If you want to use iCloud to sync information between your other devices (for example, iPhone, iPod Touch, Mac, or PC), you'll also need to set up iCloud on those devices. Review the instructions below as needed:
What can iCloud do for You?
Share and synchronise documents
If you use the iWork apps - Keynote, Numbers and Pages on your iPad, you can save the documents online in iCloud. You enable iCloud in each app's settings. For example in the Pages app, turn On - Use iCloud
If you use the iWork apps - Keynote, Numbers and Pages on your iPad, you can save the documents online in iCloud. You enable iCloud in each app's settings. For example in the Pages app, turn On - Use iCloud.
In the iCloud Preferences via the Settings app, turn on: Documents and Data.
Create a new document in Pages on your iPad and upload it to iCloud. When you get home, and open Pages on your computer, the iPad document will be downloaded to your computer to continue editing.
On a computer, in your web browser, go to iCloud.com and login. You can access your iCloud mail, notes from the Notes app, Edit and manage your Calendar, Reminders, Contacts. You cannot access this page from your iPad's browser. All you can do from your iPad is setup iCloud on your device, install Find my iPhone and install Find My Friends
Photo Stream is the iCloud feature that lets you view your recent photos on all of your devices wirelessly, and share selected photos with people you choose. Photo Stream includes My Photo Stream and Shared Photo Streams. With My Photo Stream, the photos you take with your iOS devices or import to your computers appear automatically in the My Photo Stream view on all of your devices. It’s a great way to get all your latest shots on all your personal devices.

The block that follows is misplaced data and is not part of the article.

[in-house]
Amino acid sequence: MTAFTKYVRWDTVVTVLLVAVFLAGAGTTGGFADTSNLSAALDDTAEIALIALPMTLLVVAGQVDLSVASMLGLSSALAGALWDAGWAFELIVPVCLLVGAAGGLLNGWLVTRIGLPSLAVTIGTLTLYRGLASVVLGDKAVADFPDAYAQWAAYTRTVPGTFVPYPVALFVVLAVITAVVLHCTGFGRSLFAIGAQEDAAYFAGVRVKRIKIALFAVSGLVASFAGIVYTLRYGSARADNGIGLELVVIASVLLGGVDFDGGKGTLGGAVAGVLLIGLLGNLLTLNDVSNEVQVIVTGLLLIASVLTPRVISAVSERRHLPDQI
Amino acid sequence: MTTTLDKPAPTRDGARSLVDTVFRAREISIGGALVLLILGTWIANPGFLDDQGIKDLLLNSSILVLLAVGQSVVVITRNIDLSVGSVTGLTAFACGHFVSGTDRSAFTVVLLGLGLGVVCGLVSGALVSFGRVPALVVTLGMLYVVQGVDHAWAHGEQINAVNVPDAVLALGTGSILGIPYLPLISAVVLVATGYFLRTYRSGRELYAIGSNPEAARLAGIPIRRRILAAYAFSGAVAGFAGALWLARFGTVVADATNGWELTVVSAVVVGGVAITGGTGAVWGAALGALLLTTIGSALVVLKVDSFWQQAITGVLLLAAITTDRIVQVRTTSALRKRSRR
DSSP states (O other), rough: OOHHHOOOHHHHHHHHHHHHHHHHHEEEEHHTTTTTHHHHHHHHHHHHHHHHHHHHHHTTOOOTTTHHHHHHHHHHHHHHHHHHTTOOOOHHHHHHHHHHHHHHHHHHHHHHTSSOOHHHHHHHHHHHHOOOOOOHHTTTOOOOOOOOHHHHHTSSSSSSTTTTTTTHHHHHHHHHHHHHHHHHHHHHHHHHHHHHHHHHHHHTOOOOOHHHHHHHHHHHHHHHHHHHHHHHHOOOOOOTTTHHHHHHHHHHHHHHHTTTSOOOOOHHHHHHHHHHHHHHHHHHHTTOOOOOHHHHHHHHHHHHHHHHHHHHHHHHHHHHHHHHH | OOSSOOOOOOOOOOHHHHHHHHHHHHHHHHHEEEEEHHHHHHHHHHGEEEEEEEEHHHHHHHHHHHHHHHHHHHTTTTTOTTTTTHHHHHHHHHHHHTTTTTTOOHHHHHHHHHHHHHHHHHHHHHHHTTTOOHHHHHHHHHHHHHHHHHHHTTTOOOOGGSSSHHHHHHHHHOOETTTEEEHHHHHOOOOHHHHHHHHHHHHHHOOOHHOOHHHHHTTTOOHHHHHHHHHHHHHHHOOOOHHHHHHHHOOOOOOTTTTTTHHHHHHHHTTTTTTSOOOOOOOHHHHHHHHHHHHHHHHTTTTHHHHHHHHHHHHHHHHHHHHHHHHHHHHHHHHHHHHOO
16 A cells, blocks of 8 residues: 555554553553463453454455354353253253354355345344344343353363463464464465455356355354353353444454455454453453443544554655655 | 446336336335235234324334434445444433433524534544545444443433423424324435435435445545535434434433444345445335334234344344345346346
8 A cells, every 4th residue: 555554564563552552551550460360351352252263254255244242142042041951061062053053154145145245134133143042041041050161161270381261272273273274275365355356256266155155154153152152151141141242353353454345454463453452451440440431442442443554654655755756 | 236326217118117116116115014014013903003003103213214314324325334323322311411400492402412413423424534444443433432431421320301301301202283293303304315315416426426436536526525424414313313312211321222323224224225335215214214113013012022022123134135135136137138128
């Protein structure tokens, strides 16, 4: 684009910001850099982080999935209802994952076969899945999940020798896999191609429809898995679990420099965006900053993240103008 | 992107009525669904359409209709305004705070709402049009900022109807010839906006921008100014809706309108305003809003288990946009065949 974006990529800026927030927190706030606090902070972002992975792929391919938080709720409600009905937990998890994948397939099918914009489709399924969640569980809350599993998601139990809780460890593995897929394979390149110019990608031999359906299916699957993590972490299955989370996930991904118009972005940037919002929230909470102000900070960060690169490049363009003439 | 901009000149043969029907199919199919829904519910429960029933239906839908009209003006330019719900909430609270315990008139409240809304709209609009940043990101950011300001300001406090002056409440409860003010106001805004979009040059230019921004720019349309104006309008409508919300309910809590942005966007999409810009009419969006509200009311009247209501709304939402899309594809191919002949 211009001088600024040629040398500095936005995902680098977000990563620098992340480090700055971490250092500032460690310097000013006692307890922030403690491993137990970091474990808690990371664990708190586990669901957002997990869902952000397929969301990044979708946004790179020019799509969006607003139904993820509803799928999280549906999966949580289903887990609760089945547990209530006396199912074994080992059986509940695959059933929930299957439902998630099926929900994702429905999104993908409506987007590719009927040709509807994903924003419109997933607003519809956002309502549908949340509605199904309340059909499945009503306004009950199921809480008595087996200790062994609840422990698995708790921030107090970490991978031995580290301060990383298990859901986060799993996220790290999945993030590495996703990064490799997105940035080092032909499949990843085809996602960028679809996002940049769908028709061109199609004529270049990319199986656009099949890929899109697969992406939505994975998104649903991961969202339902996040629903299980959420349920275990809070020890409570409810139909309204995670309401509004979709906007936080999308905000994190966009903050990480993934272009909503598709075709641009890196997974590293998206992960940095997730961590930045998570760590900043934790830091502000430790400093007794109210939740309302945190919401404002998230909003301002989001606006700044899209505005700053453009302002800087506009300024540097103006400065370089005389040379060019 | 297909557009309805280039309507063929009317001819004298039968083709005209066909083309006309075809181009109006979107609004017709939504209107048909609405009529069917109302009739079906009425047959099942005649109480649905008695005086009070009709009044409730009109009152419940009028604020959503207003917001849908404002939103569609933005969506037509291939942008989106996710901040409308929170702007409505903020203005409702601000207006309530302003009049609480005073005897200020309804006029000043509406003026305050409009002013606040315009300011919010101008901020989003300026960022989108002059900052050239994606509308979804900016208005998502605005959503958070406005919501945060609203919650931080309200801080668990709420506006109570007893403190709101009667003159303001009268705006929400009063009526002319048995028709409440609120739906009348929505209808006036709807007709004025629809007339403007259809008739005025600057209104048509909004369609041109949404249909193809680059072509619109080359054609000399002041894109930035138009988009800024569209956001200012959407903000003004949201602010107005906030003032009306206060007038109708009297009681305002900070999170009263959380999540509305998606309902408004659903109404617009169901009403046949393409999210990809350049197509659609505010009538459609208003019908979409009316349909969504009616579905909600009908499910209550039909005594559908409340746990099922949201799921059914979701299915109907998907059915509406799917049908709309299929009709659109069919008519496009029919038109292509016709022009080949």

Turn on Photostream on any device that you want to be part of your photo stream.
Take a photo with your iOS device, or import photos from your digital camera to your Mac, iPad, or Windows computer.
Photo Stream automatically uploads the photos to iCloud over any WiFi or Ethernet connection, then downloads them to your other devices.
The photos appear in the My Photo Stream view on each device: in the Photos app on your iOS devices; in iPhoto or Aperture on a Mac; under Photo Stream on Apple TV; or in the Pictures folder on a Windows computer.
iCloud stores your new photos in the cloud for 30 days so your devices have plenty of time to connect and automatically download the photos. Your iOS devices keep a rolling collection of your last 1000 photos and you can save your favourite shots to your Camera Roll or any other album to keep them on your device permanently. Because your computers have more storage, they can keep all your Photo Stream photos.
Download as pdf:
Demonstration of My Photostream
How to setup a Shared Photostream iOS 7
How to Find your iPad
Is there a way to locate your iPad if it gets lost or stolen? Yes. Not only possibly can you locate it, but you can display a message or play a sound on your iPad, lock it using its existing passcode, or even erase all data on your device remotely, with help of the feature "Find my iPad" that can be enabled on your device.